The first thing you can do is arrange a meeting with your current employer and tell them you made a mistake. You thought you wanted to move on, you acted hastily, but you thought it through and it really isn't something you want to do. In fact, you really regret handing in your notice (which is probably 100 percent accurate right now). If your employer is reasonable and they have been happy with your work, they will more than likely accept this and keep you on. Most of the time, these wheels can be stopped right up until you have left the building. (See also: How to Ask for Your Old Job Back After Leaving)

It might not be this simple, though. If the employer doesn't want you back, you'll have to get work fast. You won't have any kind of severance package since you quit voluntarily. Take whatever you can to make money, and get yourself back on track financially. It doesn't have to be for long.

Leave a good impression with the employer that rejected you

After being rejected, it's natural to lash out. You can be overtaken by a whirlwind of emotions, and when it dawns on you that you are not getting the job, you can get angry. The temptation to tell the employer off is huge. You may even threaten to sue (you will lose) or bad-mouth them on social media. All of these scenarios will hurt you far more than the company that rejected you.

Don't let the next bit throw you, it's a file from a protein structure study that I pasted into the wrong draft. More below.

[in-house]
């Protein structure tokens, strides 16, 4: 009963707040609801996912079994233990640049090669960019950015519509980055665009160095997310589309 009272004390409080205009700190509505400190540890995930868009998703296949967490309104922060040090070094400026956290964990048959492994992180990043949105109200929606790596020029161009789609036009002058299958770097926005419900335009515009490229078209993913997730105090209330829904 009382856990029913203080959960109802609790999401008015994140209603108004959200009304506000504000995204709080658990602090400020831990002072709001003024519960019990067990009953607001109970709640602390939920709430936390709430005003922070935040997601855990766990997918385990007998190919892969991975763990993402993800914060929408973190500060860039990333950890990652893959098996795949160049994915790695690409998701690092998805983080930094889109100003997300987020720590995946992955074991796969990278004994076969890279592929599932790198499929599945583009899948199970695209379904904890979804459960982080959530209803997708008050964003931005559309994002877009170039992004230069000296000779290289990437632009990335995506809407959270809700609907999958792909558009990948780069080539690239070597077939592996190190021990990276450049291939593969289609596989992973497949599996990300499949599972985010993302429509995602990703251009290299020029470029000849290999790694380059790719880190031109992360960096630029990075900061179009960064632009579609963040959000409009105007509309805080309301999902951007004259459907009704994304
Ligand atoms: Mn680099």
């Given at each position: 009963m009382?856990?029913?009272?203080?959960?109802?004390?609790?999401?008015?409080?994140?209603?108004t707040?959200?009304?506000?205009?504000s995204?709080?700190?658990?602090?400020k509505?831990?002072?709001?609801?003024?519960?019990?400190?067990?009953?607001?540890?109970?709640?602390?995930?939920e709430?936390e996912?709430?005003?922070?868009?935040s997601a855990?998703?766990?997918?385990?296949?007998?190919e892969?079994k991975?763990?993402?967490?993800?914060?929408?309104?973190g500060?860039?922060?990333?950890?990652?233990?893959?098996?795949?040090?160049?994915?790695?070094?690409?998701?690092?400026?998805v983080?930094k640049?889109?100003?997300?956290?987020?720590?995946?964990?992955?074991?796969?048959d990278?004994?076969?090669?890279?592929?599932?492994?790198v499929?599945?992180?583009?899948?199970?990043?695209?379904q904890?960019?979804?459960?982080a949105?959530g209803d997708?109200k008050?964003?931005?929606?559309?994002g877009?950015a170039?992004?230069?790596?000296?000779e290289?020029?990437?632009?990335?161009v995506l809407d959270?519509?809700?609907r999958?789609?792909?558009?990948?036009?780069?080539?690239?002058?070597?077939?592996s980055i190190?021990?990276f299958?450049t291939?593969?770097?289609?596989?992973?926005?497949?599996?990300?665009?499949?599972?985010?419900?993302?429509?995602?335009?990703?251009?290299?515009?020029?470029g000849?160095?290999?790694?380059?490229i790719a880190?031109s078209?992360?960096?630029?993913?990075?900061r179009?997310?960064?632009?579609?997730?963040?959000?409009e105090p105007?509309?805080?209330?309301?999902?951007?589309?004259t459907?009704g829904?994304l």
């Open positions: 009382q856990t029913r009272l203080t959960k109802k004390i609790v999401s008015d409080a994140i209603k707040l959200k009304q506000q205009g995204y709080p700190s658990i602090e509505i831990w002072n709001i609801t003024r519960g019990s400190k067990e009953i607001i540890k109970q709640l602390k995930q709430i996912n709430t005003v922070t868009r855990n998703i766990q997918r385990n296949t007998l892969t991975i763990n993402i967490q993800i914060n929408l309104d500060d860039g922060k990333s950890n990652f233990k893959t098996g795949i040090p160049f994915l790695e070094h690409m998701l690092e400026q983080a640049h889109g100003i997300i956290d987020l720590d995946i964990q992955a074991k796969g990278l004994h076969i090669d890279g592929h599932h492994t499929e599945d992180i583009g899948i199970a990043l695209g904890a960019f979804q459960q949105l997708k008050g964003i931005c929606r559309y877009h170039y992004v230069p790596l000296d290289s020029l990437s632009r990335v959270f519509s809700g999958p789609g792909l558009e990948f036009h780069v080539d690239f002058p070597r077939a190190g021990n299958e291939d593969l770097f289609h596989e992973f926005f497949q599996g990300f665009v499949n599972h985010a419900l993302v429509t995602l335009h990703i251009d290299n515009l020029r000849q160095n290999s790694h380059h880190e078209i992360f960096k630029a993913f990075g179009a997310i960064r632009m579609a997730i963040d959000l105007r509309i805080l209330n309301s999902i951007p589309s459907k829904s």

You did enough to get a job offer, and that means the employer saw real value in you. Maybe you just weren't quite right for the role, but in a few months, they may call you about a different position. Or, maybe the person they gave the job to won't work out. If that happens, they might come back to you. However, if you have been rude, aggressive, and defensive, your file will go in the trash. Don't burn a bridge that could lead to a great future.

Get back out there and interview for more roles

It's important to get right back on the horse. Sure, you're a bit demoralized. And after doing all that work to get a job offer, you're now back to square one. But, that's just part of the job-hunting life, and you need to accept that and use the experience to become a better interviewee.

What can you learn from the rejection? Did you knowingly ask for way more than you wanted as part of a negotiation tactic? Next time, don't shoot so high. Did you come across as aggressive or cocky? Tone it down. Did you actually appear weak and cave in to a lowball offer, only to be rejected anyway? Maybe the company was testing you. Take it all in as lessons learned, and use it to get a better offer letter from a better company.

Never accept anything less than what you're worth

If you wanted the job badly, you may start thinking about going below your bottom line. In almost every case, this is a mistake. For a start, you're devaluing yourself. You know what your experience is worth and what you can do for the company looking to hire you.

There are businesses known to be stingy with salaries and benefits, and most of the time, this does not bode well for your future at that firm. You are basically giving yourself a mountain to climb in the hopes that one day you'll get what you're owed. But by the time you reach the salary you originally wanted, you would have naturally moved to a higher pay scale. So, stand tough. You know the bare minimum you need to make ends meet and feel valued. Anything less is not worth your time.